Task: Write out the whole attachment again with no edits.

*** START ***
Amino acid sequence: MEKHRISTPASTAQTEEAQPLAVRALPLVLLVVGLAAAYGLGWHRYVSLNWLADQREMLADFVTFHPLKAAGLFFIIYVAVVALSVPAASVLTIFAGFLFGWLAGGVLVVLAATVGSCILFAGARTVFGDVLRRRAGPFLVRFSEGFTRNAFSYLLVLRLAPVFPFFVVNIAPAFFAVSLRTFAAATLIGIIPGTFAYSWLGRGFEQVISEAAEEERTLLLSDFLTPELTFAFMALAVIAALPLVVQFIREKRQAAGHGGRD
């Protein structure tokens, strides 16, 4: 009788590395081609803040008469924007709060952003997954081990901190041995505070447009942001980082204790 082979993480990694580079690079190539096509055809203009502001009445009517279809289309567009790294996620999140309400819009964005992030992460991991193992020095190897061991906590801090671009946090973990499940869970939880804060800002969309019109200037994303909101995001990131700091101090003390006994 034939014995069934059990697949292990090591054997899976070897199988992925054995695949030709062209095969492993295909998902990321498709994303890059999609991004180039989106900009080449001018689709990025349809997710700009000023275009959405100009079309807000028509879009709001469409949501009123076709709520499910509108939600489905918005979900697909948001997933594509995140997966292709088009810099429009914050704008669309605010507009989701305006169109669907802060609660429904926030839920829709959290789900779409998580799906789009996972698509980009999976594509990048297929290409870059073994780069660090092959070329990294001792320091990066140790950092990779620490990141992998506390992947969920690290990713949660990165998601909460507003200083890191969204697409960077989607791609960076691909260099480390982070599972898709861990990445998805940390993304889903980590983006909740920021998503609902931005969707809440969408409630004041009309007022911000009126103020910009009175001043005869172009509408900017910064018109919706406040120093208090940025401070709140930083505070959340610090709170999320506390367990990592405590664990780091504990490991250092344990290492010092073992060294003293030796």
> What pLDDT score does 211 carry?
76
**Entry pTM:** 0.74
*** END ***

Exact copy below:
Amino acid sequence: MEKHRISTPASTAQTEEAQPLAVRALPLVLLVVGLAAAYGLGWHRYVSLNWLADQREMLADFVTFHPLKAAGLFFIIYVAVVALSVPAASVLTIFAGFLFGWLAGGVLVVLAATVGSCILFAGARTVFGDVLRRRAGPFLVRFSEGFTRNAFSYLLVLRLAPVFPFFVVNIAPAFFAVSLRTFAAATLIGIIPGTFAYSWLGRGFEQVISEAAEEERTLLLSDFLTPELTFAFMALAVIAALPLVVQFIREKRQAAGHGGRD
């Protein structure tokens, strides 16, 4: 009788590395081609803040008469924007709060952003997954081990901190041995505070447009942001980082204790 082979993480990694580079690079190539096509055809203009502001009445009517279809289309567009790294996620999140309400819009964005992030992460991991193992020095190897061991906590801090671009946090973990499940869970939880804060800002969309019109200037994303909101995001990131700091101090003390006994 034939014995069934059990697949292990090591054997899976070897199988992925054995695949030709062209095969492993295909998902990321498709994303890059999609991004180039989106900009080449001018689709990025349809997710700009000023275009959405100009079309807000028509879009709001469409949501009123076709709520499910509108939600489905918005979900697909948001997933594509995140997966292709088009810099429009914050704008669309605010507009989701305006169109669907802060609660429904926030839920829709959290789900779409998580799906789009996972698509980009999976594509990048297929290409870059073994780069660090092959070329990294001792320091990066140790950092990779620490990141992998506390992947969920690290990713949660990165998601909460507003200083890191969204697409960077989607791609960076691909260099480390982070599972898709861990990445998805940390993304889903980590983006909740920021998503609902931005969707809440969408409630004041009309007022911000009126103020910009009175001043005869172009509408900017910064018109919706406040120093208090940025401070709140930083505070959340610090709170999320506390367990990592405590664990780091504990490991250092344990290492010092073992060294003293030796």
> What pLDDT score does 211 carry?
76
**Entry pTM:** 0.74